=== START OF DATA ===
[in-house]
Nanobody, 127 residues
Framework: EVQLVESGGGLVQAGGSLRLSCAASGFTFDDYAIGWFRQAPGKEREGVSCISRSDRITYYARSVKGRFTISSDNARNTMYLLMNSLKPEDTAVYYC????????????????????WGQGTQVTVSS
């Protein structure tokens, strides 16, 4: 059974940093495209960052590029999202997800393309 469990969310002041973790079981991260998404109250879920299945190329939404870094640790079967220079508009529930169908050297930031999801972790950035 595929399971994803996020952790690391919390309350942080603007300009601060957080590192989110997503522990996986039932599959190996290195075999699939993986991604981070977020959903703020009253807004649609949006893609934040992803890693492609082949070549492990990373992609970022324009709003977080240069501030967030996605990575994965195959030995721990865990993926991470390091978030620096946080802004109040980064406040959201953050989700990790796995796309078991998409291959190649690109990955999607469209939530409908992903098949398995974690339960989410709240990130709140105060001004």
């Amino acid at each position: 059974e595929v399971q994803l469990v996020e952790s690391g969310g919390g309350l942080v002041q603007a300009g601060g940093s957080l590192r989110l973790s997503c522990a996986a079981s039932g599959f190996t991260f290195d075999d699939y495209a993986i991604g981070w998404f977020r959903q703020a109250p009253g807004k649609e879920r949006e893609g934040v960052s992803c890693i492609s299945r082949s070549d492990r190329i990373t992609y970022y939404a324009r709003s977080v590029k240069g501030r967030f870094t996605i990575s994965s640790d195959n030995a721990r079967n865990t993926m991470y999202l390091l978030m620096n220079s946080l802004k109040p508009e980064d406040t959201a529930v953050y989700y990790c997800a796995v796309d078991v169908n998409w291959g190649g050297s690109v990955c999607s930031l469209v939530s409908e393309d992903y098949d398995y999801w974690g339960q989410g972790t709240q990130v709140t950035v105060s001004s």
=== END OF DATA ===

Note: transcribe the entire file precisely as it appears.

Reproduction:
[in-house]
Nanobody, 127 residues
Framework: EVQLVESGGGLVQAGGSLRLSCAASGFTFDDYAIGWFRQAPGKEREGVSCISRSDRITYYARSVKGRFTISSDNARNTMYLLMNSLKPEDTAVYYC????????????????????WGQGTQVTVSS
């Protein structure tokens, strides 16, 4: 059974940093495209960052590029999202997800393309 469990969310002041973790079981991260998404109250879920299945190329939404870094640790079967220079508009529930169908050297930031999801972790950035 595929399971994803996020952790690391919390309350942080603007300009601060957080590192989110997503522990996986039932599959190996290195075999699939993986991604981070977020959903703020009253807004649609949006893609934040992803890693492609082949070549492990990373992609970022324009709003977080240069501030967030996605990575994965195959030995721990865990993926991470390091978030620096946080802004109040980064406040959201953050989700990790796995796309078991998409291959190649690109990955999607469209939530409908992903098949398995974690339960989410709240990130709140105060001004």
């Amino acid at each position: 059974e595929v399971q994803l469990v996020e952790s690391g969310g919390g309350l942080v002041q603007a300009g601060g940093s957080l590192r989110l973790s997503c522990a996986a079981s039932g599959f190996t991260f290195d075999d699939y495209a993986i991604g981070w998404f977020r959903q703020a109250p009253g807004k649609e879920r949006e893609g934040v960052s992803c890693i492609s299945r082949s070549d492990r190329i990373t992609y970022y939404a324009r709003s977080v590029k240069g501030r967030f870094t996605i990575s994965s640790d195959n030995a721990r079967n865990t993926m991470y999202l390091l978030m620096n220079s946080l802004k109040p508009e980064d406040t959201a529930v953050y989700y990790c997800a796995v796309d078991v169908n998409w291959g190649g050297s690109v990955c999607s930031l469209v939530s409908e393309d992903y098949d398995y999801w974690g339960q989410g972790t709240q990130v709140t950035v105060s001004s």